1. God’s Infinity and Our Imagination – God in his perfection has no limits and no restrictions however impossible it is for our limited minds to grasp it.
“We cannot make a concept of the infinite with our thinking… However far we proceed in our imagination, we know that we have not arrived at the end, that we could still take one more step.”
2. Rest – Vos asserts that in God’s rest on the seventh day, there are two aspects. Negatively, rest means “ceasing from creating”. Positively, rest involves “taking pleasure in the finished work”.
True rest is both stopping work and enjoying the fruits.
Think about how we rest. Do we do both? Or do we merely cease from work and forget to enjoy? Maybe, a lot of us feel like we never rest because we only go half way. Maybe, we have to move past stopping and start enjoying.
3. A God Who Governs – Back in 2008, during the national championship game, I prayed that God would let the Memphis Tigers win. I really did. Sadly, God said no.
A lot of people, Christians included, might think this silly. Surely, we think, God doesn’t care about something so meaningless. Vos has my back, however. He writes, “Scripture teaches us that nothing (emphasis mine) is excluded from God’s governing, be it small or large, free or necessary, good or evil (win or lose?).”
Reformed Christians have long taught that the providence of God is exhaustive (in case you missed it, exhaustive includes basketball). Greek philosophers like Aristotle believed the gods only concerned themselves with important matters, but the God of the Bible is no mere Zeus. When we think the same way as Aristotle, we are thinking about God’s heavenly reign as king in an earthly way.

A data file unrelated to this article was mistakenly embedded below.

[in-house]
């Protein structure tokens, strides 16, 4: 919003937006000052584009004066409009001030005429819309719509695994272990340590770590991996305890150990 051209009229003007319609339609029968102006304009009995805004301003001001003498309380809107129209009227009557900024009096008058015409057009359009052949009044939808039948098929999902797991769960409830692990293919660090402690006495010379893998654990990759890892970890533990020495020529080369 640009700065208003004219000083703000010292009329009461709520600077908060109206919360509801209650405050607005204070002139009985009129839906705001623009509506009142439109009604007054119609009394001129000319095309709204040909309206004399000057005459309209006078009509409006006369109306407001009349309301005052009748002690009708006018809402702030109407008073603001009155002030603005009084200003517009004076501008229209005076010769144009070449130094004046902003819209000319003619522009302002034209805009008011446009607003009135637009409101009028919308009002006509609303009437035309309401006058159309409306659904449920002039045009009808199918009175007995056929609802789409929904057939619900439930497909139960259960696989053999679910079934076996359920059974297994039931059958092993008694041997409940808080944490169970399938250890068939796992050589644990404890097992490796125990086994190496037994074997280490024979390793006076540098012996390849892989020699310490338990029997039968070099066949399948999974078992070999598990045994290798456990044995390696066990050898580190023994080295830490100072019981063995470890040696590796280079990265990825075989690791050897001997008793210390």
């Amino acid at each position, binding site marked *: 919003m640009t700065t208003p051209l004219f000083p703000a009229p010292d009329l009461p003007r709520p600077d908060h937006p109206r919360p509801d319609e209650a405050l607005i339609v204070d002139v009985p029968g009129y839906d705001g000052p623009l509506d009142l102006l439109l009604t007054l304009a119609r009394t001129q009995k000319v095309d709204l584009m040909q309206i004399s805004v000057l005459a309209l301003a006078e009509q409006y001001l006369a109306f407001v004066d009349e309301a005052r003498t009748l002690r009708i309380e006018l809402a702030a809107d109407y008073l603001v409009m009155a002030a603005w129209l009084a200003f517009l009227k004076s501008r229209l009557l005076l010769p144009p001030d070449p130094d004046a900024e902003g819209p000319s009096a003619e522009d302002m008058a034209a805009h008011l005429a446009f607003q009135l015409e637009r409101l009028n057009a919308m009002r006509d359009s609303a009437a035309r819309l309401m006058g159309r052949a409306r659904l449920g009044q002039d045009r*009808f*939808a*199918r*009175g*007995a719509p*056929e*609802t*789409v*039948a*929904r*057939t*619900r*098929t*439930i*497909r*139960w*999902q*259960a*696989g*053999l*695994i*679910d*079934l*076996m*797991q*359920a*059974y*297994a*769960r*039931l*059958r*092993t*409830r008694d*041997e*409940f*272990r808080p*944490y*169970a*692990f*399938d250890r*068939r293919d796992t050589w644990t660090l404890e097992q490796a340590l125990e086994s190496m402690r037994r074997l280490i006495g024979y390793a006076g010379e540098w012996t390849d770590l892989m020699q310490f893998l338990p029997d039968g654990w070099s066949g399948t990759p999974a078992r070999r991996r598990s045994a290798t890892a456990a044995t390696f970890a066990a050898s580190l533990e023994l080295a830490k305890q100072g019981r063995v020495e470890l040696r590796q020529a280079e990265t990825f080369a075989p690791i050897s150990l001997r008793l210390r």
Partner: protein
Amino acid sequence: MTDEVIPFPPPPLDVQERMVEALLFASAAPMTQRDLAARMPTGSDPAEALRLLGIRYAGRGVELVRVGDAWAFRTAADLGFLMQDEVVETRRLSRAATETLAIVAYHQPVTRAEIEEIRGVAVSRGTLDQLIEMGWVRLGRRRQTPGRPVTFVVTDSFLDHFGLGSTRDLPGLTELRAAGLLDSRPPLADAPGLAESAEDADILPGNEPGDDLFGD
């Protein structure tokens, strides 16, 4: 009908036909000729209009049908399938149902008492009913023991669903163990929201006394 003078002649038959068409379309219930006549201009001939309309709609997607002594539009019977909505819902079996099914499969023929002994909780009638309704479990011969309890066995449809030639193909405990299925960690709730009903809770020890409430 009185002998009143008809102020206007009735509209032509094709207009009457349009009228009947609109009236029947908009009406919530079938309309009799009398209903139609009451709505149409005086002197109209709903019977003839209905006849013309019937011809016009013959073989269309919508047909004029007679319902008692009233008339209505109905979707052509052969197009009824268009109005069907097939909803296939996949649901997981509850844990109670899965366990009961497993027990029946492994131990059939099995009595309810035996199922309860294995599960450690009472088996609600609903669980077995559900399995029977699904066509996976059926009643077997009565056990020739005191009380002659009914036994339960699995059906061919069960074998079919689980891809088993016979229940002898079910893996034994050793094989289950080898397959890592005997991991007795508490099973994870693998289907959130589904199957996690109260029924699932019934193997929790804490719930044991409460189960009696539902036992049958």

So the current application here is simple: For whatever reason, God didn’t want Nick Saban and Alabama to win again. Bama Christians will have to recite Romans 8:28 to themselves until next year.
4. Straight Talk – When you read a systematic theology work, you will be confronted with controversial issues. There’s no way around that. Geerhardus Vos doesn’t pull punches.
ON THE TRINITY – “Is the Son God in the sense that one can speak of only one God?… Everyone must take sides [Vos argues Yes!]. No one can be saved from it with vague answers.”
ON FREE WILL – “The decree of God also embraces the free acts of men… it is completely absurd and impossible that what is most important… in world history would be beyond the control of God.”
ON GOD’S JUSTICE – “One does not convince such people, one stops their mouth.”
My trek through the Dutch-Reformed Amazon delivered more than enough plunder to make the effort worthwhile. I am glad I made the journey.
But with Dr. Seuss still in mind, the journey continues. I have already begun the initial leg of Vos’ second volume on Anthropology and I have other jungles, caves, and rivers to explore this year as well. Most of them are Russian.
What are you exploring right now? Maybe it is a new author or artist or hobby. Feel free to share some your plans below.
Maybe you don’t have an answer. Whether its an old Dutch professor, a classic novel that has sat on your nightstand for months, or a foreign language waiting to be learned and spoken, let the Cat in the Hat keep you on your toes and push you down a path, any path.
Explorers never stop exploring.